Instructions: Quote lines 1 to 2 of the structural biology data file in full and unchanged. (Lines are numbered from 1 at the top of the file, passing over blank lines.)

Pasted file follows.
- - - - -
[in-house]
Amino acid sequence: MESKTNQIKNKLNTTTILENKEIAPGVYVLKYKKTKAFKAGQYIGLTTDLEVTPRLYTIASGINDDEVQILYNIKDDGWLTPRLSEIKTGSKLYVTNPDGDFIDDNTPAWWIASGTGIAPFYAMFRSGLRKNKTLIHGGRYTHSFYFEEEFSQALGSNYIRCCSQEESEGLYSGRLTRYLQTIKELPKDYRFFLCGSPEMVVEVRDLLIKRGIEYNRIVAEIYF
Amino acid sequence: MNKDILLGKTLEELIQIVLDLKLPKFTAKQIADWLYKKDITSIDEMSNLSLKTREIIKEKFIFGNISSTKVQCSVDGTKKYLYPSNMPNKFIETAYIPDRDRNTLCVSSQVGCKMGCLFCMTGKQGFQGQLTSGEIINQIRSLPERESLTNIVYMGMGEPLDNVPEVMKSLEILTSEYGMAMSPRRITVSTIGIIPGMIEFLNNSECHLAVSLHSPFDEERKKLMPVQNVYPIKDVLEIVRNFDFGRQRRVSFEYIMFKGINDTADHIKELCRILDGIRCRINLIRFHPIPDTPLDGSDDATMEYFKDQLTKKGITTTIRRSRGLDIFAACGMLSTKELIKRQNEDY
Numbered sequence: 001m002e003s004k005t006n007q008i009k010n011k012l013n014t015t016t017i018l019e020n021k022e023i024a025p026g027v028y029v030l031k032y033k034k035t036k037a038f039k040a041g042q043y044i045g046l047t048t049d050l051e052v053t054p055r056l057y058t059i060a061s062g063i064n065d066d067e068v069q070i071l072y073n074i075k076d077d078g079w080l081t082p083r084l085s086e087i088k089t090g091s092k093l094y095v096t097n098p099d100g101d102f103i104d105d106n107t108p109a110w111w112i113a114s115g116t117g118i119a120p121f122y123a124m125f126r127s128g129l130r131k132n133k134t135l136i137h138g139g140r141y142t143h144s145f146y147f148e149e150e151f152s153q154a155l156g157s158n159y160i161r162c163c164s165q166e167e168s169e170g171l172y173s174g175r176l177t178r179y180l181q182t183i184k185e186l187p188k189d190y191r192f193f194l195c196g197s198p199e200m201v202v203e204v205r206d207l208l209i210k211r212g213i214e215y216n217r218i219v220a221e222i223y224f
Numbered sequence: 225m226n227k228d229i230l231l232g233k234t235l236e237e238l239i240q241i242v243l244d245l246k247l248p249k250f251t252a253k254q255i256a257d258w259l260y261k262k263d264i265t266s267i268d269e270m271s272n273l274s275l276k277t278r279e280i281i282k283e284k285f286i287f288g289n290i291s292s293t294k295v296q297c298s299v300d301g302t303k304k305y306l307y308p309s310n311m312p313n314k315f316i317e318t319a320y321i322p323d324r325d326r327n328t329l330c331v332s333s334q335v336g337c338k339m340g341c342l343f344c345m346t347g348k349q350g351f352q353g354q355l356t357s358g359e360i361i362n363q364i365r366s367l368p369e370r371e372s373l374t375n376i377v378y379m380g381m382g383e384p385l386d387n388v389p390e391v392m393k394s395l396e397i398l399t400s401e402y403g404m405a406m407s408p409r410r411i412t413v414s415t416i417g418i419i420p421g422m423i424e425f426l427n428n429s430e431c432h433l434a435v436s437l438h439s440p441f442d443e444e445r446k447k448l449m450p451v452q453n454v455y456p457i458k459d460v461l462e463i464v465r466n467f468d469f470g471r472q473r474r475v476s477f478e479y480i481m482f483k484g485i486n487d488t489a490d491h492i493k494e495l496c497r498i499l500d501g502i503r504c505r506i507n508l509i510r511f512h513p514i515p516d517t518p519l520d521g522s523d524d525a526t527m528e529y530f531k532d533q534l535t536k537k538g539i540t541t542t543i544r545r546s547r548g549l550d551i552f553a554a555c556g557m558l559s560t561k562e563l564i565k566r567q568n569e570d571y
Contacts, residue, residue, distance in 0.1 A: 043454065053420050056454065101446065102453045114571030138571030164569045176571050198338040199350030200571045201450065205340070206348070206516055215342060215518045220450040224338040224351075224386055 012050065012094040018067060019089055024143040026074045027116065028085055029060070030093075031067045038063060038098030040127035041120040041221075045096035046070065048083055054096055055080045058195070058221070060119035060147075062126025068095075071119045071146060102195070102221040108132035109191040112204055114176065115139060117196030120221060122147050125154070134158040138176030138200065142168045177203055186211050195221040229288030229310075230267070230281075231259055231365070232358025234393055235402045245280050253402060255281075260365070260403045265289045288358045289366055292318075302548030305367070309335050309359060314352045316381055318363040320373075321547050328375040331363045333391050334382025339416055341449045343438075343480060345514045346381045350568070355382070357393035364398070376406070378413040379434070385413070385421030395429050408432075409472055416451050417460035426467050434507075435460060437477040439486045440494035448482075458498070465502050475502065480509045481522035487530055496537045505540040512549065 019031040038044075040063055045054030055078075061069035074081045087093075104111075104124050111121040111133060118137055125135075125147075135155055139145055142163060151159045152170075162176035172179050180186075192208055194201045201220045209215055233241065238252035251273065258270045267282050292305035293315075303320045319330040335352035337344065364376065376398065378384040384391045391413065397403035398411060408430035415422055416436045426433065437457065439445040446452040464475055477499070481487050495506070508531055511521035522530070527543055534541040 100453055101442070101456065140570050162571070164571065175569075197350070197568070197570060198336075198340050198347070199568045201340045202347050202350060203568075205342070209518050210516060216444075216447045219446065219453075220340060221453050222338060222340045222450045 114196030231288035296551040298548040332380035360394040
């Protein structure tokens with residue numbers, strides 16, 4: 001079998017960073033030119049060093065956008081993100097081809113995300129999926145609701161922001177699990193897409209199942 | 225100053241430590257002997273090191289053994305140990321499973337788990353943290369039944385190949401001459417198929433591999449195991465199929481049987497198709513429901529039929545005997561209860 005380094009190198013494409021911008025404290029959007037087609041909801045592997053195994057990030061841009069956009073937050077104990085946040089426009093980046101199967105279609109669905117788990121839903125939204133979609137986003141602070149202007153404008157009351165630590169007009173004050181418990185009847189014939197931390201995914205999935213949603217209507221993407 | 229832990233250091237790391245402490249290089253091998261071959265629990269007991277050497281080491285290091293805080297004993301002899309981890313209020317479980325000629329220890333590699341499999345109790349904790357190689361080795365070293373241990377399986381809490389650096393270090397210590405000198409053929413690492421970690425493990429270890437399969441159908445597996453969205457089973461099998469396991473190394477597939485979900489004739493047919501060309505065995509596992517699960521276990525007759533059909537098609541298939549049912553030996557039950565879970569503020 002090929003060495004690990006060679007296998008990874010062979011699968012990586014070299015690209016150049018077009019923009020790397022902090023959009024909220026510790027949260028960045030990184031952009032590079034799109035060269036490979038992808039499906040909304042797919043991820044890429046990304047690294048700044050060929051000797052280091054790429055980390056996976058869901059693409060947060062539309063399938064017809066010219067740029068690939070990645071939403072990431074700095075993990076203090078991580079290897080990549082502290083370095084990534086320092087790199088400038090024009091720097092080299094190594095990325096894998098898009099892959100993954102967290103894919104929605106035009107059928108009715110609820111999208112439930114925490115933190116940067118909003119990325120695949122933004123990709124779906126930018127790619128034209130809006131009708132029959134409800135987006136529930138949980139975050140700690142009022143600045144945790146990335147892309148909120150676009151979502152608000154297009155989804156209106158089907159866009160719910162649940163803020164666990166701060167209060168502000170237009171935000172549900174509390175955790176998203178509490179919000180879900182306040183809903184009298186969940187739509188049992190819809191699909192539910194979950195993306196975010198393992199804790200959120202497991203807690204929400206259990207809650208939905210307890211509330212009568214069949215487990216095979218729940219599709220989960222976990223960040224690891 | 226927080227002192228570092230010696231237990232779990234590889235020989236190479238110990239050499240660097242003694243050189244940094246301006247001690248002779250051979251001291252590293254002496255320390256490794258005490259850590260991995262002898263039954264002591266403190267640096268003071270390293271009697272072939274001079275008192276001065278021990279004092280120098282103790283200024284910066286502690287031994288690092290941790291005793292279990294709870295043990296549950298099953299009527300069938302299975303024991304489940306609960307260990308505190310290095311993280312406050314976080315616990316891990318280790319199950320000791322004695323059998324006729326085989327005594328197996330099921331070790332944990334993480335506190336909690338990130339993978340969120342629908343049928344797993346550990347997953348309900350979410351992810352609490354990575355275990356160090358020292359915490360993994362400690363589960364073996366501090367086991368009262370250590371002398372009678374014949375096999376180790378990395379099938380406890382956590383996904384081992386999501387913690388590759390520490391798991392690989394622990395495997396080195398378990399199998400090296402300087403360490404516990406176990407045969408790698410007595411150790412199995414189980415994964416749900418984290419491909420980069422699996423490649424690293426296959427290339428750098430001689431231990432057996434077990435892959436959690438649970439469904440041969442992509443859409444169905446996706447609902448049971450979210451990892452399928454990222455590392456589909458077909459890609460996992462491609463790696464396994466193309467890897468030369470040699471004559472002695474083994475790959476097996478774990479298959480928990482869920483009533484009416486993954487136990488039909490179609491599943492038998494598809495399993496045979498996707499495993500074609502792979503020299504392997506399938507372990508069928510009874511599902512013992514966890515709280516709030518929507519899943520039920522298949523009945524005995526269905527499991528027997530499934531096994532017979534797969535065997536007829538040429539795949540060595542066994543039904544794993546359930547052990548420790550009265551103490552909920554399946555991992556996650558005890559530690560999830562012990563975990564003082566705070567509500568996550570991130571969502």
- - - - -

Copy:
[in-house]
Amino acid sequence: MESKTNQIKNKLNTTTILENKEIAPGVYVLKYKKTKAFKAGQYIGLTTDLEVTPRLYTIASGINDDEVQILYNIKDDGWLTPRLSEIKTGSKLYVTNPDGDFIDDNTPAWWIASGTGIAPFYAMFRSGLRKNKTLIHGGRYTHSFYFEEEFSQALGSNYIRCCSQEESEGLYSGRLTRYLQTIKELPKDYRFFLCGSPEMVVEVRDLLIKRGIEYNRIVAEIYF